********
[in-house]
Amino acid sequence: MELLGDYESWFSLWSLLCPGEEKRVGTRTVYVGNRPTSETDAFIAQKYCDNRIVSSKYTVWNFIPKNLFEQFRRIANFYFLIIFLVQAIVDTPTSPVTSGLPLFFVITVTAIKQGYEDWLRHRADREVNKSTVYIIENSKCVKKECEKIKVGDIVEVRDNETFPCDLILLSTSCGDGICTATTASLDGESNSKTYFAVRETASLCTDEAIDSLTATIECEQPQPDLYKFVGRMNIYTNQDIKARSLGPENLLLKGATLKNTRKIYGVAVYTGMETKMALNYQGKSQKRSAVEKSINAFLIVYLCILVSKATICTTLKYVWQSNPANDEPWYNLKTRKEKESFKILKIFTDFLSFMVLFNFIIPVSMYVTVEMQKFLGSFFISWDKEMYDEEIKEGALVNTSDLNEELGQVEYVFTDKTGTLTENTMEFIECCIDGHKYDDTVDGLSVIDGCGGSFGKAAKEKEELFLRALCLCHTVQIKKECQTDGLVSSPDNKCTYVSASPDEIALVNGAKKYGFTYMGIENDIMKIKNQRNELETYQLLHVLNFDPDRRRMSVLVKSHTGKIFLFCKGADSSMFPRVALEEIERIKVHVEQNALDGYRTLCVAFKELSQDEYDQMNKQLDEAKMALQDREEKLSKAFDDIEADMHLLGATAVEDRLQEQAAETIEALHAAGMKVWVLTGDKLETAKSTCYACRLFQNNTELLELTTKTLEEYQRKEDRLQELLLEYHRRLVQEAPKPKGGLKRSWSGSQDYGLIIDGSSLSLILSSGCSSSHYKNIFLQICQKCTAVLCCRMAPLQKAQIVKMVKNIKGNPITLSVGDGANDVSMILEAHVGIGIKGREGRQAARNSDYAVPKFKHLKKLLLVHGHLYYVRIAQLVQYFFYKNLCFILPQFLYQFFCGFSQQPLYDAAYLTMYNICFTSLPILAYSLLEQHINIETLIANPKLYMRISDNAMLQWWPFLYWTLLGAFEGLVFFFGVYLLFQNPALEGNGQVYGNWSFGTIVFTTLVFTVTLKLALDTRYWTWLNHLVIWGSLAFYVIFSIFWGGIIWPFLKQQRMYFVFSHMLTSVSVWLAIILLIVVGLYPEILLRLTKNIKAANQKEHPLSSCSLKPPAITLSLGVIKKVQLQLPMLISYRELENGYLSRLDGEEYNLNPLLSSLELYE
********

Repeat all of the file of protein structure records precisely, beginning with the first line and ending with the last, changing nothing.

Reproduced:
[in-house]
Amino acid sequence: MELLGDYESWFSLWSLLCPGEEKRVGTRTVYVGNRPTSETDAFIAQKYCDNRIVSSKYTVWNFIPKNLFEQFRRIANFYFLIIFLVQAIVDTPTSPVTSGLPLFFVITVTAIKQGYEDWLRHRADREVNKSTVYIIENSKCVKKECEKIKVGDIVEVRDNETFPCDLILLSTSCGDGICTATTASLDGESNSKTYFAVRETASLCTDEAIDSLTATIECEQPQPDLYKFVGRMNIYTNQDIKARSLGPENLLLKGATLKNTRKIYGVAVYTGMETKMALNYQGKSQKRSAVEKSINAFLIVYLCILVSKATICTTLKYVWQSNPANDEPWYNLKTRKEKESFKILKIFTDFLSFMVLFNFIIPVSMYVTVEMQKFLGSFFISWDKEMYDEEIKEGALVNTSDLNEELGQVEYVFTDKTGTLTENTMEFIECCIDGHKYDDTVDGLSVIDGCGGSFGKAAKEKEELFLRALCLCHTVQIKKECQTDGLVSSPDNKCTYVSASPDEIALVNGAKKYGFTYMGIENDIMKIKNQRNELETYQLLHVLNFDPDRRRMSVLVKSHTGKIFLFCKGADSSMFPRVALEEIERIKVHVEQNALDGYRTLCVAFKELSQDEYDQMNKQLDEAKMALQDREEKLSKAFDDIEADMHLLGATAVEDRLQEQAAETIEALHAAGMKVWVLTGDKLETAKSTCYACRLFQNNTELLELTTKTLEEYQRKEDRLQELLLEYHRRLVQEAPKPKGGLKRSWSGSQDYGLIIDGSSLSLILSSGCSSSHYKNIFLQICQKCTAVLCCRMAPLQKAQIVKMVKNIKGNPITLSVGDGANDVSMILEAHVGIGIKGREGRQAARNSDYAVPKFKHLKKLLLVHGHLYYVRIAQLVQYFFYKNLCFILPQFLYQFFCGFSQQPLYDAAYLTMYNICFTSLPILAYSLLEQHINIETLIANPKLYMRISDNAMLQWWPFLYWTLLGAFEGLVFFFGVYLLFQNPALEGNGQVYGNWSFGTIVFTTLVFTVTLKLALDTRYWTWLNHLVIWGSLAFYVIFSIFWGGIIWPFLKQQRMYFVFSHMLTSVSVWLAIILLIVVGLYPEILLRLTKNIKAANQKEHPLSSCSLKPPAITLSLGVIKKVQLQLPMLISYRELENGYLSRLDGEEYNLNPLLSSLELYE